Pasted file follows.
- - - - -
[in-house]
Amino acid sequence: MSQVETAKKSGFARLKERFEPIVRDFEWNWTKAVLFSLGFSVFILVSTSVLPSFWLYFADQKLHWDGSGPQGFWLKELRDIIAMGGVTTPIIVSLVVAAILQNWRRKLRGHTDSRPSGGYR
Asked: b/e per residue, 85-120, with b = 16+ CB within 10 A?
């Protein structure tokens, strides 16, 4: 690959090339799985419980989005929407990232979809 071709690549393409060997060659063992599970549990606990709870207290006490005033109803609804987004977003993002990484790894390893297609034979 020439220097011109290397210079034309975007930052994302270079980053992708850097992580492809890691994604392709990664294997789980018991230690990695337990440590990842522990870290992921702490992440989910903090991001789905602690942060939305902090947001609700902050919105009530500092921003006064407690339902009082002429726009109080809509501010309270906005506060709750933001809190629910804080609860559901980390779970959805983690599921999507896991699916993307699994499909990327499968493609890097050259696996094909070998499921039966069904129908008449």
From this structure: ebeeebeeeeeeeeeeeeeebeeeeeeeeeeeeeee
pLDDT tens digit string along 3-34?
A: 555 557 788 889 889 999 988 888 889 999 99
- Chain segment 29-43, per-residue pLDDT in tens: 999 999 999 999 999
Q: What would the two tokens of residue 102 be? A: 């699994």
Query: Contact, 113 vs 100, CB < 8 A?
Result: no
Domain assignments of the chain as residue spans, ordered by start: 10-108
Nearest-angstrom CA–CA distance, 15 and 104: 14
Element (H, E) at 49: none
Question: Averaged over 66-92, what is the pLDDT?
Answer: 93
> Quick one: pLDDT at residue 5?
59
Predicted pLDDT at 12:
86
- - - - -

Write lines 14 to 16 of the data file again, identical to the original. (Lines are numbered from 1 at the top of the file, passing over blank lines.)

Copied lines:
Element (H, E) at 49: none
Question: Averaged over 66-92, what is the pLDDT?
Answer: 93